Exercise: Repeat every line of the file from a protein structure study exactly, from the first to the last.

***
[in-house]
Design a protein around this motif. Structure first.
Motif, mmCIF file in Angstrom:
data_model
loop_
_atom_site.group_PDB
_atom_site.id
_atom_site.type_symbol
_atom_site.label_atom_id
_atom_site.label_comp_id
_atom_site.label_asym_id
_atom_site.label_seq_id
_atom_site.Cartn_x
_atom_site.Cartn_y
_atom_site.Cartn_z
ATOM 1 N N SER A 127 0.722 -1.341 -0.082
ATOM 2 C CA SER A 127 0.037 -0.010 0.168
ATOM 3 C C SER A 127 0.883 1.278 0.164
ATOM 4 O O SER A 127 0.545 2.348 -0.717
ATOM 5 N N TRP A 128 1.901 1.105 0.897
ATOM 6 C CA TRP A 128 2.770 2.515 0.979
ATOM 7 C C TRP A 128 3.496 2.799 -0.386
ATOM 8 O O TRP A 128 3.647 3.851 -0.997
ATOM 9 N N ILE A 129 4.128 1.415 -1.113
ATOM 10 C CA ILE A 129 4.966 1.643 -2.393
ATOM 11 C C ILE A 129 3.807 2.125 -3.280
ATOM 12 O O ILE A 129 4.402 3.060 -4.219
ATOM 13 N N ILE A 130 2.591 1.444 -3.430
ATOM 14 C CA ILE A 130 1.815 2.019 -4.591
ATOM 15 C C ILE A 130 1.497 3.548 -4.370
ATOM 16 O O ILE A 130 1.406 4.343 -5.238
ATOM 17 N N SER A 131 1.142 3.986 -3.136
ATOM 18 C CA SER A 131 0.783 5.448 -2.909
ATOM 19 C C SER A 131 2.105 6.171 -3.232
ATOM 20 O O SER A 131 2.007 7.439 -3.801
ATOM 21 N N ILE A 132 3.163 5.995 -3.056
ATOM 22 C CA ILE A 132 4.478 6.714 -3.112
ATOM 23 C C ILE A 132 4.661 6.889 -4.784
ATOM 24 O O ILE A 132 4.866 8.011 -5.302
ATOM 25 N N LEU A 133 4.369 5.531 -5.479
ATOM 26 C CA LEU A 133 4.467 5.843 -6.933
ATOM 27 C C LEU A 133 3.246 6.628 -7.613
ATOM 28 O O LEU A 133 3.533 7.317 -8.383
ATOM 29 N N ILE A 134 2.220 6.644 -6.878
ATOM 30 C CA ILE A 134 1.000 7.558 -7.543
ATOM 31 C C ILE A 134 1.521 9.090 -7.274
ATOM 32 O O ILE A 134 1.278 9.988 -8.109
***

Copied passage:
[in-house]
Design a protein around this motif. Structure first.
Motif, mmCIF file in Angstrom:
data_model
loop_
_atom_site.group_PDB
_atom_site.id
_atom_site.type_symbol
_atom_site.label_atom_id
_atom_site.label_comp_id
_atom_site.label_asym_id
_atom_site.label_seq_id
_atom_site.Cartn_x
_atom_site.Cartn_y
_atom_site.Cartn_z
ATOM 1 N N SER A 127 0.722 -1.341 -0.082
ATOM 2 C CA SER A 127 0.037 -0.010 0.168
ATOM 3 C C SER A 127 0.883 1.278 0.164
ATOM 4 O O SER A 127 0.545 2.348 -0.717
ATOM 5 N N TRP A 128 1.901 1.105 0.897
ATOM 6 C CA TRP A 128 2.770 2.515 0.979
ATOM 7 C C TRP A 128 3.496 2.799 -0.386
ATOM 8 O O TRP A 128 3.647 3.851 -0.997
ATOM 9 N N ILE A 129 4.128 1.415 -1.113
ATOM 10 C CA ILE A 129 4.966 1.643 -2.393
ATOM 11 C C ILE A 129 3.807 2.125 -3.280
ATOM 12 O O ILE A 129 4.402 3.060 -4.219
ATOM 13 N N ILE A 130 2.591 1.444 -3.430
ATOM 14 C CA ILE A 130 1.815 2.019 -4.591
ATOM 15 C C ILE A 130 1.497 3.548 -4.370
ATOM 16 O O ILE A 130 1.406 4.343 -5.238
ATOM 17 N N SER A 131 1.142 3.986 -3.136
ATOM 18 C CA SER A 131 0.783 5.448 -2.909
ATOM 19 C C SER A 131 2.105 6.171 -3.232
ATOM 20 O O SER A 131 2.007 7.439 -3.801
ATOM 21 N N ILE A 132 3.163 5.995 -3.056
ATOM 22 C CA ILE A 132 4.478 6.714 -3.112
ATOM 23 C C ILE A 132 4.661 6.889 -4.784
ATOM 24 O O ILE A 132 4.866 8.011 -5.302
ATOM 25 N N LEU A 133 4.369 5.531 -5.479
ATOM 26 C CA LEU A 133 4.467 5.843 -6.933
ATOM 27 C C LEU A 133 3.246 6.628 -7.613
ATOM 28 O O LEU A 133 3.533 7.317 -8.383
ATOM 29 N N ILE A 134 2.220 6.644 -6.878
ATOM 30 C CA ILE A 134 1.000 7.558 -7.543
ATOM 31 C C ILE A 134 1.521 9.090 -7.274
ATOM 32 O O ILE A 134 1.278 9.988 -8.109